At one of the more ad hoc sessions (which included people from most of the big Drupal comapnies and prominent community members) NowPublic promised a large chunk of one of their developers' time to work exclusively on writing unit tests. There was obviously a lot of support for this. This session was more or less a discussion of how to approach the problem and solve it and I think some good ideas and points came out of it.

Writing tests is a bitch. I can say this as I use to write *very* extensive tests for code I wrote (python has some very nice tools for unit testing that I miss in almost every other language I use). The test code can often be significantly larger than the code it's testing. It was kind of fun at first, but all the typing and copy-and-pasting quickly started aggrevating the carpel tunnel ;). Writing the tests is the easy part. Keeping the tests up to date is the tough part. Getting developers to keep improving the code at the same rate while forcing them to write and update the test code on a mostly volunteer project... I don't even know if that's possible.

There's a popular idea in the Drupal business community that if you develop something, give it back to the community and let the community maintain it. I think this works great for both the companies developing Drupal and the volunteers working on the project. Keeping their code a secret hurts both parties. Let the company pay for the initial development of the code, and if there's interest someone will pick it up. Unfortunately, I don't see this working for testing. Even if the initial set of tests is paid for, I really can't see the "community" picking up the maintenance of the tests. It's a bitch, and doesn't scratch enough peoples' itch.

Regardless, automated testing in Drupal will be a Good Thing. And what do I know, maybe volunteer developers will be totally into keeping the test code up to date. "All tests passed" messages make people feel warm and fuzzy inside :).

One last point... since I'm in a ranty mood. This is to the person who likes to preach "...every time you touch a contrib module ... run coder module ... write and update simpletest tests ... yada yada". Perhaps it's about time you put your money where your mouth is and start getting your own developers to do it. :-p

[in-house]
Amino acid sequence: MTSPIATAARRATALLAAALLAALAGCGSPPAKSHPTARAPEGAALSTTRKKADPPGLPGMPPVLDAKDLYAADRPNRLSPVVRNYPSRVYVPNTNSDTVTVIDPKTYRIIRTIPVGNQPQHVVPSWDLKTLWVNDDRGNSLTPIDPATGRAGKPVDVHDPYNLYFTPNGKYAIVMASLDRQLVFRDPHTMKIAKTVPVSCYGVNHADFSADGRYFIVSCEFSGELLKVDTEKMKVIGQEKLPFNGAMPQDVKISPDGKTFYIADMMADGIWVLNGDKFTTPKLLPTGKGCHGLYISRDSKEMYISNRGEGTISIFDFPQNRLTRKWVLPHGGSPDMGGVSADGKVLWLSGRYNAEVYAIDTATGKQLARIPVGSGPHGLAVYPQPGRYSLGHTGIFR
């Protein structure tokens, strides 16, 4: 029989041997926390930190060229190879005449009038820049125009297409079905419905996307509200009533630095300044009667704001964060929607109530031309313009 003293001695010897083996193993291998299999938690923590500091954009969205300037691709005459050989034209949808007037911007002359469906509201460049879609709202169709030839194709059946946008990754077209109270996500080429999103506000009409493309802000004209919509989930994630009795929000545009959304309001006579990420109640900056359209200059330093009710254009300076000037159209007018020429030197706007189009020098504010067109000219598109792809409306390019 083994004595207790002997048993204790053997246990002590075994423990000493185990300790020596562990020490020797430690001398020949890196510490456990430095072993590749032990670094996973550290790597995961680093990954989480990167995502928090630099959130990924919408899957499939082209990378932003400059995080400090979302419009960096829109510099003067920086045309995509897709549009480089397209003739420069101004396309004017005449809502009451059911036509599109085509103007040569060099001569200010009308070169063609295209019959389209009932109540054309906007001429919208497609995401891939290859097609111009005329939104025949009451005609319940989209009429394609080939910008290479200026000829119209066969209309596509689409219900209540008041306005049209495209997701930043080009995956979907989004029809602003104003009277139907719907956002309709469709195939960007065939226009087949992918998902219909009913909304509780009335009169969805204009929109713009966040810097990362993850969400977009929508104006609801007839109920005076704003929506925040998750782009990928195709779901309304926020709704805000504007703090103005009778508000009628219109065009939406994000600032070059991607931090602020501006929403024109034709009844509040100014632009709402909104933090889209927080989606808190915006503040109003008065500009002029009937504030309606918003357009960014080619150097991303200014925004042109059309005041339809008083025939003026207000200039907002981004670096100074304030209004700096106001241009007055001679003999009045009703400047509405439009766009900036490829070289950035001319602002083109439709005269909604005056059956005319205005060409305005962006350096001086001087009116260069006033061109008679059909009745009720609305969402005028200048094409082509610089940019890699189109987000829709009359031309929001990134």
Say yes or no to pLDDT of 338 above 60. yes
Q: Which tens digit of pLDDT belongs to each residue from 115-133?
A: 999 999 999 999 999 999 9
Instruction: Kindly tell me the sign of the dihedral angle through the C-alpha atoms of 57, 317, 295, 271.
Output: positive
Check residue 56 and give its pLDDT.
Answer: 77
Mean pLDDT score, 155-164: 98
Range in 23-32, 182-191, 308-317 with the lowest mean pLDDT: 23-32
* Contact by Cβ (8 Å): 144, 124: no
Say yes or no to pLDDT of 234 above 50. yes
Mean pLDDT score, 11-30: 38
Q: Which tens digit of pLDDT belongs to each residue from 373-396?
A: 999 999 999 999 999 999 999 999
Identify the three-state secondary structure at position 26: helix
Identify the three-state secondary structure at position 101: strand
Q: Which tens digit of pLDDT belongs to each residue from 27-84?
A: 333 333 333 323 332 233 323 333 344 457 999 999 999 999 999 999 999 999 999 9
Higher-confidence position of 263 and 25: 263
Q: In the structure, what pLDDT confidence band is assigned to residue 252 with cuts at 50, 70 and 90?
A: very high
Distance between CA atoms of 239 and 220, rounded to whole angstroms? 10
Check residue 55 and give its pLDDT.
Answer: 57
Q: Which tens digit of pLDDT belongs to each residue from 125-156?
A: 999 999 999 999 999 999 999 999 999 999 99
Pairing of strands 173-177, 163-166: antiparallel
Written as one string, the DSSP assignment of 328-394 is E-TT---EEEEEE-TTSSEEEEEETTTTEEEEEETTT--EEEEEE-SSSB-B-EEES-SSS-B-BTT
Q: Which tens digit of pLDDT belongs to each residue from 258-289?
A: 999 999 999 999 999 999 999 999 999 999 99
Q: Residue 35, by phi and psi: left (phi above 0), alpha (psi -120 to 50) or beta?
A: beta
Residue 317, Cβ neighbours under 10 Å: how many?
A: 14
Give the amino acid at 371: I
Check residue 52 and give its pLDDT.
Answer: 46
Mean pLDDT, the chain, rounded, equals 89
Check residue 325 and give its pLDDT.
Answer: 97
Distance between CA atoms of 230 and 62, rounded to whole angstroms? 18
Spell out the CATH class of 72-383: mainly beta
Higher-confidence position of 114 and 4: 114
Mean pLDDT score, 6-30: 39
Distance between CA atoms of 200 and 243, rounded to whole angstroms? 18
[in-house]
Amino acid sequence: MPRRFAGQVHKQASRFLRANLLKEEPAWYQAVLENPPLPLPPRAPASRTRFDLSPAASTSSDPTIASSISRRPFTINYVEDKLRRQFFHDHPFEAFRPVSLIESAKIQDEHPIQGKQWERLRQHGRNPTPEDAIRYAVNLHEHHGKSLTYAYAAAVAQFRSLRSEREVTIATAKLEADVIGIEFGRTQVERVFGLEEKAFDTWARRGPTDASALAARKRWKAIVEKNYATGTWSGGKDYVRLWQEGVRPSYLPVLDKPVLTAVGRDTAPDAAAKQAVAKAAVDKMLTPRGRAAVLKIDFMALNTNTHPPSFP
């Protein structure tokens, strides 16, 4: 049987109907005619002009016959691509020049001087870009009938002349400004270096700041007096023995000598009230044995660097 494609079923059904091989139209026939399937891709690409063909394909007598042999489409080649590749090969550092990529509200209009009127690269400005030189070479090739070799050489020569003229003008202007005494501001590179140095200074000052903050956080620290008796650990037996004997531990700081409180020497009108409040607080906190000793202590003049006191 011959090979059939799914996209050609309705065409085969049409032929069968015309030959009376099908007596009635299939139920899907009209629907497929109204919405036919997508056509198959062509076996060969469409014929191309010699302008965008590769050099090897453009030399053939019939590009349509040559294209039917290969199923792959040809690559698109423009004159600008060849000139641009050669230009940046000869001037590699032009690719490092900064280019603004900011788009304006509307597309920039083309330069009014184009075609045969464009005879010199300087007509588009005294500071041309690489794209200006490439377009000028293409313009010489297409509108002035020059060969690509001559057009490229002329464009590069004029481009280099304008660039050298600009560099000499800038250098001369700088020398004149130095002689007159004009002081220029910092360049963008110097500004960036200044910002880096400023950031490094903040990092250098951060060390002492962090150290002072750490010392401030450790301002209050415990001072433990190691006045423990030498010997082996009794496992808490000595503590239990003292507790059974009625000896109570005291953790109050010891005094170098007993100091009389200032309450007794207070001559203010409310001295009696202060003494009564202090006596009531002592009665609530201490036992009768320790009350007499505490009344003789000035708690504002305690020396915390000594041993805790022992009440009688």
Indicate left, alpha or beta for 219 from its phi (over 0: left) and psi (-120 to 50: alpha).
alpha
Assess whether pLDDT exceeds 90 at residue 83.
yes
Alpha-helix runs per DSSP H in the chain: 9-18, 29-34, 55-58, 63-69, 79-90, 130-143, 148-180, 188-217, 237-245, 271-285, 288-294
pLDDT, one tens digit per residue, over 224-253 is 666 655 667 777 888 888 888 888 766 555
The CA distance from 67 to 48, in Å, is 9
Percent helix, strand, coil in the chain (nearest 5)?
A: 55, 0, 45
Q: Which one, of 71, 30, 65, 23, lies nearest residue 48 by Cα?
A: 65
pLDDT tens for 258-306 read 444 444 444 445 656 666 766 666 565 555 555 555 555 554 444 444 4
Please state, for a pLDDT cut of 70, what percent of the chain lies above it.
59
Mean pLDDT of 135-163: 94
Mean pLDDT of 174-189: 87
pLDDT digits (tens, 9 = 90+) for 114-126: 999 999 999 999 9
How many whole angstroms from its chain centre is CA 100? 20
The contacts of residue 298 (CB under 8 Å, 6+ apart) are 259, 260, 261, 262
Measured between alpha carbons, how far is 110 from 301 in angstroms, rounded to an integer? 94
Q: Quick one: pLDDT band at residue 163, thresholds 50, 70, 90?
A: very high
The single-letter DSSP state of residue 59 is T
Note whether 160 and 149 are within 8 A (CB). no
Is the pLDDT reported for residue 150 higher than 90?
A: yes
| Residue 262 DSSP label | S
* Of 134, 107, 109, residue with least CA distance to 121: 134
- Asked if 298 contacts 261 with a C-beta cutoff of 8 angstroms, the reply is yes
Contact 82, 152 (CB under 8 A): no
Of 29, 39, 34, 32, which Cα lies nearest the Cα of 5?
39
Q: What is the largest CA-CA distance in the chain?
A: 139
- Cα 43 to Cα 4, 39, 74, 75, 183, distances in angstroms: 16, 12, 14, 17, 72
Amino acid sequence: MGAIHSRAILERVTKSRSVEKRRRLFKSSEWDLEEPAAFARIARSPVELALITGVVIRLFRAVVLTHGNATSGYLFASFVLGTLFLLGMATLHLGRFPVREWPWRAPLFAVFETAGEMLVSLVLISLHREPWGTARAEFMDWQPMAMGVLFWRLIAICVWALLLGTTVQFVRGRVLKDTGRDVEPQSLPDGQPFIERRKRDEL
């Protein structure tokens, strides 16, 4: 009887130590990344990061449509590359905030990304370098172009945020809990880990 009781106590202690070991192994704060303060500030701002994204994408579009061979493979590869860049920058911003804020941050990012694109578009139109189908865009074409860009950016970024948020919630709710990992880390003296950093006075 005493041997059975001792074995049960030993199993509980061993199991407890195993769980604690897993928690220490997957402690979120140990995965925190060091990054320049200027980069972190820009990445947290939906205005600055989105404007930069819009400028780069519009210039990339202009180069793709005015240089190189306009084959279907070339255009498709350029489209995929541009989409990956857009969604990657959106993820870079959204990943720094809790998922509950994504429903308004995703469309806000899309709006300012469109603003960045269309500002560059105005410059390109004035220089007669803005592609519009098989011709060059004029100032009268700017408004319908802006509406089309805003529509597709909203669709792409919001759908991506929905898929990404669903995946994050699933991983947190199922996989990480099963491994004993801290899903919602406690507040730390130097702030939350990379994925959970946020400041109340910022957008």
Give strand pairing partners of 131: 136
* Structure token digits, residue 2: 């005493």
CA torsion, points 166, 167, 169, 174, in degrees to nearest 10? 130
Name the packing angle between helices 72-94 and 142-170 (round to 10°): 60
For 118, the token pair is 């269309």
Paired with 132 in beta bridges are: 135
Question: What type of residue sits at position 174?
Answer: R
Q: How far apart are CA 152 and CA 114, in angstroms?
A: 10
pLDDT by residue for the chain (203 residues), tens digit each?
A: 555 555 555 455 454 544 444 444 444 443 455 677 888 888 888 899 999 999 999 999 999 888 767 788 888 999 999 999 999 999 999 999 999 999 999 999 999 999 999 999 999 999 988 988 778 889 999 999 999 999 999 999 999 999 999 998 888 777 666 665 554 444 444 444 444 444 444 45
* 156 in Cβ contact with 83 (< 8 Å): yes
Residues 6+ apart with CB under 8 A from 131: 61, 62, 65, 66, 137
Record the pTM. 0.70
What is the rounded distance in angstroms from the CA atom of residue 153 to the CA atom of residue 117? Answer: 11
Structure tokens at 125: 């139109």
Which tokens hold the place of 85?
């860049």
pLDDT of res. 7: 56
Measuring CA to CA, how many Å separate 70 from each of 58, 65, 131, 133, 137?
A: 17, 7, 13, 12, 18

Pet Peeves


Happy Friday :). I'm feeling kind of ranty today, so... here are some of my pet peeves for Friday, June 1, 2007:

  1. When it's 21 Degrees outside (actually, probably hotter than that where I am), why am I cold while inside? 15 Degrees isn't a good temperature to work in... even when it's hot outside. PLEASE turn down your air conditioner! (and by "down" I mean, make it hotter) Honestly, people complain for months that they want summer and hot weather... then as soon as it comes, crank up the A/C, so much so that you have to wear a jacket inside to be comfortable.
  2. I realize that you don't know me... but does that mean you can't even acknowledge my existence when you're about to travel between 2 and 19 stories in a 3'x6' elevator with me? When someone says "hey", or "hi", or nods (often accompanied by some sort of grunting sound), the common protocol is to at least acknowledge them back. Maybe it's just those dang Yaletown people.
  3. The term "pet peeves", wtf does that even mean? I hate the term... please stop using it. Thank you.
  4. The boringness of my blog. You know, like content, look and feel, etc. What do you mean that's my fault?
  5. When people follow a sentence about global warming, with a sentence bitching about the "high" gas prices. This is mostly the "news", mind you, as opposed to individuals. While I'm on the topic... a 1L bottle of water from the same gas station you're buying the gas from is gonna cost you more than 1L of gasoline.

That's all for now (at least for the next few minutes, until I remember a really good one, that I forgot to post here). The weather's great, so let's all go outside for a smoke... oh, and be sure to stand directly in front of the entrance so that everyone has to fight through a cloud of smoke to get through.